‘Sleepy Joe’ Trended After Biden Appeared To Nod Off During Climate Conference

‘Sleepy Joe’ Trended After Biden Appeared To Nod Off During Climate Conference
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We’ve probably all been there at some time – dozing off briefly in school or during a presentation at work. Add in jet lag, and back-to-back meetings; most of us would have a hard time not falling asleep. However, while it can result in a disappointed professor or an irate boss, catching a few Zs probably won’t make the world news.

That is unless your name is Joe Biden, and you happened to be caught on video during the 2021 United Nations Climate Change Conference (COP26) in Glasgow, Scotland.

To make matters worse, the 78-year-old Biden had warned U.S. military service members just this past summer that top Pentagon officials consider climate change to be the “greatest threat” to America’s national security. So when Biden was on video catching some Zs, reporters took notice.

It was soon shared across social media.

“Biden appears to fall asleep during COP26 opening speeches,” tweeted Zach Purser Brown (@zachjourno), who covers politics for The Washington Post.

By Monday afternoon, the post was retweeted nearly 5,000 times and had some 17,000 likes. The Telegraph newspaper also posted the video to YouTube, where it was seen more than 25,000 times.

Biden’s Catnap In The Crosshairs

Many mocked the president, while hashtags included “Sleepy Joe” – the name former President Donald Trump had referred to Biden as during the 2020 campaign. It is unlikely that the disparaging moniker will go away anytime soon after the video went viral on Monday.  

Dozens of reporters poked fun.

Ian Haworth (@ighaworth), editor of the Daily Wire, also poked fun at the individual who seemed to wake the president, tweeting, “What’s your role on the trip, random intern? ‘Well, I go and wake up the president every time he falls asleep.'”

owever, Sky News political correspondent Kate McCann (@KateEMcCann) was among the reporters who offered some sympathy for President Biden, noting, ” Such a horrible feeling when you can’t keep your eyes open and you … know … you …….. can’t …… fall …. asleep …. [but also I’m not the President}”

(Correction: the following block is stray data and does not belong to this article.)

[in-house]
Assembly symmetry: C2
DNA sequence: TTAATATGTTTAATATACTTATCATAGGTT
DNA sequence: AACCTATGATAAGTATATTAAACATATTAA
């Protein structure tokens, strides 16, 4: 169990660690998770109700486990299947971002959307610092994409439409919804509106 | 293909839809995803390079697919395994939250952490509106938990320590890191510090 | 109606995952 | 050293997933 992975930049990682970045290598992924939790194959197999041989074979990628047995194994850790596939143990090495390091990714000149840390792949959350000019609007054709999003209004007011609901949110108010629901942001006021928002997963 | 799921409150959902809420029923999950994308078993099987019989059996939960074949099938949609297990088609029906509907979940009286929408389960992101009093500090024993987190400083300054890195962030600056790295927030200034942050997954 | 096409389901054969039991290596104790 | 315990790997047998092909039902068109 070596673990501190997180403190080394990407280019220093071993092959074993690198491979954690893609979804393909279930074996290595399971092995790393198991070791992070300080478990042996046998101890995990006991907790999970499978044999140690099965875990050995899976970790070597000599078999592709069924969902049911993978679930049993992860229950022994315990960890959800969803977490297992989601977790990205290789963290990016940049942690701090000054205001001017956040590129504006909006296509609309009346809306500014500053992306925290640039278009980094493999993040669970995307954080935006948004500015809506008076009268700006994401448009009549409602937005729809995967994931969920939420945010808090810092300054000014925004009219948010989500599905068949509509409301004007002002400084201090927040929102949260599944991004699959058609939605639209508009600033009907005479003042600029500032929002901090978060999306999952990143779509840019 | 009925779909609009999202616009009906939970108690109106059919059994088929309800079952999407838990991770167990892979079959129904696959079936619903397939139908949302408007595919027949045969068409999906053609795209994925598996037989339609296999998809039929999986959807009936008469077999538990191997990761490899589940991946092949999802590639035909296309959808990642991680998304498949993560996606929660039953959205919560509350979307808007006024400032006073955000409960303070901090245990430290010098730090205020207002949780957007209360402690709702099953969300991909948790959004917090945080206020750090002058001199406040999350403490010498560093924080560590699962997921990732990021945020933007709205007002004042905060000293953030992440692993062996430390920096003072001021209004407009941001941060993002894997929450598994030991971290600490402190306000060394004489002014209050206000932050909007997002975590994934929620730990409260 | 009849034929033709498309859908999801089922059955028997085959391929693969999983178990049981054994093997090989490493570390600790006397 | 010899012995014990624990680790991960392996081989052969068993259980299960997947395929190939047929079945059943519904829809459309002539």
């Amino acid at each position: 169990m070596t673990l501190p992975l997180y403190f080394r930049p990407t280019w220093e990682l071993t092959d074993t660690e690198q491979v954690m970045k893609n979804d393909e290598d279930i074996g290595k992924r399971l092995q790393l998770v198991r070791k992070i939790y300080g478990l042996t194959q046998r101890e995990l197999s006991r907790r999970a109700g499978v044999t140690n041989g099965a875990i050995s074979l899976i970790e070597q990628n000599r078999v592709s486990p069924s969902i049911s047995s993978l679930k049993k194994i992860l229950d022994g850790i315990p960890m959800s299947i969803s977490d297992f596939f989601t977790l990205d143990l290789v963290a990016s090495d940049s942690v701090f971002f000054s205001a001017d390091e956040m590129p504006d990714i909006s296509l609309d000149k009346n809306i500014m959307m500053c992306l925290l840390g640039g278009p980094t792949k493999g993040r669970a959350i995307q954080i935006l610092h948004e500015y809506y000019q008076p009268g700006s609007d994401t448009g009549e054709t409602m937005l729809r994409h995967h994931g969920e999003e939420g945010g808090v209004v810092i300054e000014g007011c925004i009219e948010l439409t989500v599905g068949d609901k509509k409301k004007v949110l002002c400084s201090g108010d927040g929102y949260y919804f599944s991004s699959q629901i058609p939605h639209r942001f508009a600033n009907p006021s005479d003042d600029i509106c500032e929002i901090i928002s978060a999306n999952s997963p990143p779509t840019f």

Overshadowing The Conference

While critics of the president used it as yet another opportunity for mockery, Professor Jane Hall, school of communication at the American University and author of Politics and the Media: Intersections and New Directions, expressed concern that the reporters covering the actual event focused too much on Biden’s gaffe.

“The thing that strikes me is that you don’t have to be a fan of President Biden to have been taken back by how the reporter from The Washington Post made the story about this moment, and how Fox News jumped on it,” she explained in a phone interview on Monday afternoon. “The stakes at this climate conference couldn’t be more consequential, but the focus now seems to be all about Biden nodding off.”

Hall said this was just the latest example of confirmation bias in politics.

“Yes, he nodded off, and the media jumped on ‘Sleepy Joe,’ but he is 78-years old and likely has jetlag,” explained Hall. “We should be worried that this has gotten so much attention. Part of it is the polarization we see on social media, which of course leads to clicks. What is disturbing about this is that it is just such a small part of what should be an enormous story given the importance of this conference.”

Social Media Calls Out Gaffes

Even before running for the highest office in the land, Joe Biden admitted he could be a bit of a gaffe machine. He’s hardly the first politician to be so mocked in the media – former President Gerald Ford had been roasted for tripping on the stairs of Air Force One, while former President George W. Bush’s struggles with the English language were widely targeted.

Both men took the mockery in stride.

However, when Ford and Bush – along with Carter, Reagan, George H.W. Bush, Clinton and Obama – were ridiculed, it was by late night TV hosts and comedians who knew that there were boundaries. It was often satire that wasn’t so mean-spirited.

Social media on the other hand is mockery in real-time by the masses. It is endless and it is ruthless.

“Politicians want to seem perfect,” explained Professor Scott Talen, also in the communications department at the American University.

“These are people who try to present at least the perfect background, the perfect resume, and the perfect family – so it does become easier to pick on them when they make a mistake or have a misstep,” said Talen. “Gaffes are posted on social media like it is raw meat fed to the lions – and it is shredded and torn apart until the next meal comes with the next mistake.”

In a phone interview, Talen explained that Biden is such an easy target now because there have been few notable accomplishments that he’s shared on social media. He said that Biden is too quiet on the platform, which enables the missteps to stand out and go viral.

What makes the situation worse is that Biden’s vocal supporters on social media often take to highlighting Trump’s own foibles. This only furthers our political divide as both sides now seek to say the worst about each other rather than highlighting accomplishments.

“If I was on Biden’s communication staff I would be pushing through what the president has done,” said Talen.

The other issue is that social media allows for such gaffes by our lawmakers to be presented in real-time, but also for them to continually resurface.

“Human beings love seeing human beings fail, especially politicians – when they fail, it becomes too juicy to ignore,” said Talen.

“This is an unfortunate part of politics today,” added Hall. “There is a focus on the gaffes as it embarrasses the powerful.”



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